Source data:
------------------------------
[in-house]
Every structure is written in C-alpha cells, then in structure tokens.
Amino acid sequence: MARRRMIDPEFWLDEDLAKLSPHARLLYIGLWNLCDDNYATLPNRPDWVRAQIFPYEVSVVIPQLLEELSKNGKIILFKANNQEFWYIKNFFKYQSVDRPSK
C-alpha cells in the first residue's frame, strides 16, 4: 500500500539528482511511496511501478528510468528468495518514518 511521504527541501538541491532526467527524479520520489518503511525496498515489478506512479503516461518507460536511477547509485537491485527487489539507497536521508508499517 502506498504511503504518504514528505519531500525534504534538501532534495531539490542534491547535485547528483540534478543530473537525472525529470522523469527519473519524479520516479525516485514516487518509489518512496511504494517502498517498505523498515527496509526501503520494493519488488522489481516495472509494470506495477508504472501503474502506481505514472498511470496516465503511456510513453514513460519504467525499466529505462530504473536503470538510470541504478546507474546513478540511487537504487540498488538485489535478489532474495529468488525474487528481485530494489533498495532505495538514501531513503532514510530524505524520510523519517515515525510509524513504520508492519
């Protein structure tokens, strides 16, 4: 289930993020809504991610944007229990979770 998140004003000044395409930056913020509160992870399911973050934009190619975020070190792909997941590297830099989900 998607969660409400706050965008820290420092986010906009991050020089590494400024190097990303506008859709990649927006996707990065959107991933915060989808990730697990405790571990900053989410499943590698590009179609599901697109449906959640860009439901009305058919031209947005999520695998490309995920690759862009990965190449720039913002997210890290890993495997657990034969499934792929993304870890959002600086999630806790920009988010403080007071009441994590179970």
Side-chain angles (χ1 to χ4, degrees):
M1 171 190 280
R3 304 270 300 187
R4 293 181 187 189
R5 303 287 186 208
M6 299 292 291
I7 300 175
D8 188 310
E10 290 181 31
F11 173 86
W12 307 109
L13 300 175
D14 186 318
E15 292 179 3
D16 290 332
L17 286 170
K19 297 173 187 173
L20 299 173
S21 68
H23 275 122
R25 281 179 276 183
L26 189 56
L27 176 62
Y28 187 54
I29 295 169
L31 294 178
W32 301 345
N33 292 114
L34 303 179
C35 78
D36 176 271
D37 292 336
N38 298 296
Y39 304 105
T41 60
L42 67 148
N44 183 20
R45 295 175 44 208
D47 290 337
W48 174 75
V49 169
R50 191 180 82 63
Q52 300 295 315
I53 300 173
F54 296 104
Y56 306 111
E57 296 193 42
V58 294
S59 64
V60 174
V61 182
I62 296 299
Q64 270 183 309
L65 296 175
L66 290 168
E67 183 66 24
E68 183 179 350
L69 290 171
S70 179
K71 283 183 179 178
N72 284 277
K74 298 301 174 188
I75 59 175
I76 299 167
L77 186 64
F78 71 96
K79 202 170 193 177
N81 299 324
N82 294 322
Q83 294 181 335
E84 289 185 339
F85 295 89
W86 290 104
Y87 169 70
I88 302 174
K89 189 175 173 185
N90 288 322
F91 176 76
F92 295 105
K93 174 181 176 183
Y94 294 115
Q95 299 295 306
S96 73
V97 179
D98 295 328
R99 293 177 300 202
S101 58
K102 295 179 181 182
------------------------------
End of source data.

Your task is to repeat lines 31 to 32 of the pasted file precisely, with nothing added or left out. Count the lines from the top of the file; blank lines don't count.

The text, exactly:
L31 294 178
W32 301 345